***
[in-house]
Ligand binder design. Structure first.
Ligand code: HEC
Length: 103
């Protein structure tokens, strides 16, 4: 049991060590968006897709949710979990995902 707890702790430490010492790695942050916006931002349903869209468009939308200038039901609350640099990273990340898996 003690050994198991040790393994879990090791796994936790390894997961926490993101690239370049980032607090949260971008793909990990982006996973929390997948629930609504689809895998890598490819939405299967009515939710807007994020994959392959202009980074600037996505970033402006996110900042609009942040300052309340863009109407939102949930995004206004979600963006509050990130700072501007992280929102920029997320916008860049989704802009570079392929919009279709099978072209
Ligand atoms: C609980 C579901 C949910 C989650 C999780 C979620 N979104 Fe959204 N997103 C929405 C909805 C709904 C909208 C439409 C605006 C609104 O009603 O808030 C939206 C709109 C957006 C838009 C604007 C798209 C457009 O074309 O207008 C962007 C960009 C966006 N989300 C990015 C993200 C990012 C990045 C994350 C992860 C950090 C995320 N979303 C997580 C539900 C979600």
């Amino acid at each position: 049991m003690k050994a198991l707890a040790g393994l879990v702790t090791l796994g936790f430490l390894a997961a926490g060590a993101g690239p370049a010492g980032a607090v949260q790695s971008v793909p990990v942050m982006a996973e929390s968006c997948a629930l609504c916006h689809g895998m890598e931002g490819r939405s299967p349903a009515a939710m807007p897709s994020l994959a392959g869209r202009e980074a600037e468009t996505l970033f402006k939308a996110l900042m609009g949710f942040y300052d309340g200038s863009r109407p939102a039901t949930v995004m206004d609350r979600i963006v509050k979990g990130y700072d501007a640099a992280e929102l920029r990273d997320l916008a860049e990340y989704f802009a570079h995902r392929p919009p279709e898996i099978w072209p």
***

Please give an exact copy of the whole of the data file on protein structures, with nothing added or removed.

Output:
[in-house]
Ligand binder design. Structure first.
Ligand code: HEC
Length: 103
């Protein structure tokens, strides 16, 4: 049991060590968006897709949710979990995902 707890702790430490010492790695942050916006931002349903869209468009939308200038039901609350640099990273990340898996 003690050994198991040790393994879990090791796994936790390894997961926490993101690239370049980032607090949260971008793909990990982006996973929390997948629930609504689809895998890598490819939405299967009515939710807007994020994959392959202009980074600037996505970033402006996110900042609009942040300052309340863009109407939102949930995004206004979600963006509050990130700072501007992280929102920029997320916008860049989704802009570079392929919009279709099978072209
Ligand atoms: C609980 C579901 C949910 C989650 C999780 C979620 N979104 Fe959204 N997103 C929405 C909805 C709904 C909208 C439409 C605006 C609104 O009603 O808030 C939206 C709109 C957006 C838009 C604007 C798209 C457009 O074309 O207008 C962007 C960009 C966006 N989300 C990015 C993200 C990012 C990045 C994350 C992860 C950090 C995320 N979303 C997580 C539900 C979600």
């Amino acid at each position: 049991m003690k050994a198991l707890a040790g393994l879990v702790t090791l796994g936790f430490l390894a997961a926490g060590a993101g690239p370049a010492g980032a607090v949260q790695s971008v793909p990990v942050m982006a996973e929390s968006c997948a629930l609504c916006h689809g895998m890598e931002g490819r939405s299967p349903a009515a939710m807007p897709s994020l994959a392959g869209r202009e980074a600037e468009t996505l970033f402006k939308a996110l900042m609009g949710f942040y300052d309340g200038s863009r109407p939102a039901t949930v995004m206004d609350r979600i963006v509050k979990g990130y700072d501007a640099a992280e929102l920029r990273d997320l916008a860049e990340y989704f802009a570079h995902r392929p919009p279709e898996i099978w072209p």